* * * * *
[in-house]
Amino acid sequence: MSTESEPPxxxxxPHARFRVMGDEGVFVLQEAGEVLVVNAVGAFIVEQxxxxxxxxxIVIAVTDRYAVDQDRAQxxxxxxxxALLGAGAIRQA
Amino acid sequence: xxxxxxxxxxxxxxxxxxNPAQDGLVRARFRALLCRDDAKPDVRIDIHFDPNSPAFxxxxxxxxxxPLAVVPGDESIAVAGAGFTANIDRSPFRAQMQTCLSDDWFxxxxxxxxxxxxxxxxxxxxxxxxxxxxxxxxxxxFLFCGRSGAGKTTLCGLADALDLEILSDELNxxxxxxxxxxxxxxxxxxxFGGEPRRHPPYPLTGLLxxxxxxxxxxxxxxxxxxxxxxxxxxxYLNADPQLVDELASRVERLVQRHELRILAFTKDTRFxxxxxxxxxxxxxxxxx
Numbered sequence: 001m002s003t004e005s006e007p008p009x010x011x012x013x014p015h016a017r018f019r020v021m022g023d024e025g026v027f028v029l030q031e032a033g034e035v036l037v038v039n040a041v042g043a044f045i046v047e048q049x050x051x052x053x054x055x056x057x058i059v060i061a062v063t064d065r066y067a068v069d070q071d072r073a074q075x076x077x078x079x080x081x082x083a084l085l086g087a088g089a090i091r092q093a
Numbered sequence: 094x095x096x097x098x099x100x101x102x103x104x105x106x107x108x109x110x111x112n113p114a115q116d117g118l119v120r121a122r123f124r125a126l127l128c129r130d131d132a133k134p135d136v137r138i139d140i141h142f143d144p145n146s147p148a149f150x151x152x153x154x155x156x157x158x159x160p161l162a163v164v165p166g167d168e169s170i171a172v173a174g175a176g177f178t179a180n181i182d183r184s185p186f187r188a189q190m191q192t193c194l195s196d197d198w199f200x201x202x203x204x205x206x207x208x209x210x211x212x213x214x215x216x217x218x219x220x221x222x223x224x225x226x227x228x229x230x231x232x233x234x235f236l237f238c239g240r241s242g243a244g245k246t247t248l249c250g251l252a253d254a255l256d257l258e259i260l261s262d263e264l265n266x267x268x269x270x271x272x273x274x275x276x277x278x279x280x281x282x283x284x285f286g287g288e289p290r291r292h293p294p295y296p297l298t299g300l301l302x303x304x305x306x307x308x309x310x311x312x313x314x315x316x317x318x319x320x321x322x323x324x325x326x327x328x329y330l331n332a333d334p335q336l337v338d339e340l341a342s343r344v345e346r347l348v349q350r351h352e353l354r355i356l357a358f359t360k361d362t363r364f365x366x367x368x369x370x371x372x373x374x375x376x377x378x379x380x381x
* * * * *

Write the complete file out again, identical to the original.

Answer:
[in-house]
Amino acid sequence: MSTESEPPxxxxxPHARFRVMGDEGVFVLQEAGEVLVVNAVGAFIVEQxxxxxxxxxIVIAVTDRYAVDQDRAQxxxxxxxxALLGAGAIRQA
Amino acid sequence: xxxxxxxxxxxxxxxxxxNPAQDGLVRARFRALLCRDDAKPDVRIDIHFDPNSPAFxxxxxxxxxxPLAVVPGDESIAVAGAGFTANIDRSPFRAQMQTCLSDDWFxxxxxxxxxxxxxxxxxxxxxxxxxxxxxxxxxxxFLFCGRSGAGKTTLCGLADALDLEILSDELNxxxxxxxxxxxxxxxxxxxFGGEPRRHPPYPLTGLLxxxxxxxxxxxxxxxxxxxxxxxxxxxYLNADPQLVDELASRVERLVQRHELRILAFTKDTRFxxxxxxxxxxxxxxxxx
Numbered sequence: 001m002s003t004e005s006e007p008p009x010x011x012x013x014p015h016a017r018f019r020v021m022g023d024e025g026v027f028v029l030q031e032a033g034e035v036l037v038v039n040a041v042g043a044f045i046v047e048q049x050x051x052x053x054x055x056x057x058i059v060i061a062v063t064d065r066y067a068v069d070q071d072r073a074q075x076x077x078x079x080x081x082x083a084l085l086g087a088g089a090i091r092q093a
Numbered sequence: 094x095x096x097x098x099x100x101x102x103x104x105x106x107x108x109x110x111x112n113p114a115q116d117g118l119v120r121a122r123f124r125a126l127l128c129r130d131d132a133k134p135d136v137r138i139d140i141h142f143d144p145n146s147p148a149f150x151x152x153x154x155x156x157x158x159x160p161l162a163v164v165p166g167d168e169s170i171a172v173a174g175a176g177f178t179a180n181i182d183r184s185p186f187r188a189q190m191q192t193c194l195s196d197d198w199f200x201x202x203x204x205x206x207x208x209x210x211x212x213x214x215x216x217x218x219x220x221x222x223x224x225x226x227x228x229x230x231x232x233x234x235f236l237f238c239g240r241s242g243a244g245k246t247t248l249c250g251l252a253d254a255l256d257l258e259i260l261s262d263e264l265n266x267x268x269x270x271x272x273x274x275x276x277x278x279x280x281x282x283x284x285f286g287g288e289p290r291r292h293p294p295y296p297l298t299g300l301l302x303x304x305x306x307x308x309x310x311x312x313x314x315x316x317x318x319x320x321x322x323x324x325x326x327x328x329y330l331n332a333d334p335q336l337v338d339e340l341a342s343r344v345e346r347l348v349q350r351h352e353l354r355i356l357a358f359t360k361d362t363r364f365x366x367x368x369x370x371x372x373x374x375x376x377x378x379x380x381x